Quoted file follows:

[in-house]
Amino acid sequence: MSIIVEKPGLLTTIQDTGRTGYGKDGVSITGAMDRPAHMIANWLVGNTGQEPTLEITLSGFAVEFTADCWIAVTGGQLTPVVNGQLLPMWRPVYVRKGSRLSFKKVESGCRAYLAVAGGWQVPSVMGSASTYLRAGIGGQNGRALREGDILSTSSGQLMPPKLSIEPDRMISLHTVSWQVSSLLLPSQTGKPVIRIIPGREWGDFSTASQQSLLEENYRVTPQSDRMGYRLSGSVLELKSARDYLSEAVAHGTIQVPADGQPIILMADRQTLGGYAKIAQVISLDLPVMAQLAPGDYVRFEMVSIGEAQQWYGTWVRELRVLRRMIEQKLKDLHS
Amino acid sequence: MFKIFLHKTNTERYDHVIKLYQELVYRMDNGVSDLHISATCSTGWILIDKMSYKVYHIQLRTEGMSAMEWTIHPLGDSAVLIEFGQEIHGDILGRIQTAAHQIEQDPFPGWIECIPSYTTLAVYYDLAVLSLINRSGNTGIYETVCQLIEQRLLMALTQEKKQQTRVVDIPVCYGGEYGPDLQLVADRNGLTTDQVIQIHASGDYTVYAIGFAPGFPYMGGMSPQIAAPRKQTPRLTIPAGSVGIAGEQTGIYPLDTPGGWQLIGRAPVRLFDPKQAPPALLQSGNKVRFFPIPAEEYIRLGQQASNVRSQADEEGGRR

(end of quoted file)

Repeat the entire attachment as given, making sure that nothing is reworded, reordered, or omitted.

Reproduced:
[in-house]
Amino acid sequence: MSIIVEKPGLLTTIQDTGRTGYGKDGVSITGAMDRPAHMIANWLVGNTGQEPTLEITLSGFAVEFTADCWIAVTGGQLTPVVNGQLLPMWRPVYVRKGSRLSFKKVESGCRAYLAVAGGWQVPSVMGSASTYLRAGIGGQNGRALREGDILSTSSGQLMPPKLSIEPDRMISLHTVSWQVSSLLLPSQTGKPVIRIIPGREWGDFSTASQQSLLEENYRVTPQSDRMGYRLSGSVLELKSARDYLSEAVAHGTIQVPADGQPIILMADRQTLGGYAKIAQVISLDLPVMAQLAPGDYVRFEMVSIGEAQQWYGTWVRELRVLRRMIEQKLKDLHS
Amino acid sequence: MFKIFLHKTNTERYDHVIKLYQELVYRMDNGVSDLHISATCSTGWILIDKMSYKVYHIQLRTEGMSAMEWTIHPLGDSAVLIEFGQEIHGDILGRIQTAAHQIEQDPFPGWIECIPSYTTLAVYYDLAVLSLINRSGNTGIYETVCQLIEQRLLMALTQEKKQQTRVVDIPVCYGGEYGPDLQLVADRNGLTTDQVIQIHASGDYTVYAIGFAPGFPYMGGMSPQIAAPRKQTPRLTIPAGSVGIAGEQTGIYPLDTPGGWQLIGRAPVRLFDPKQAPPALLQSGNKVRFFPIPAEEYIRLGQQASNVRSQADEEGGRR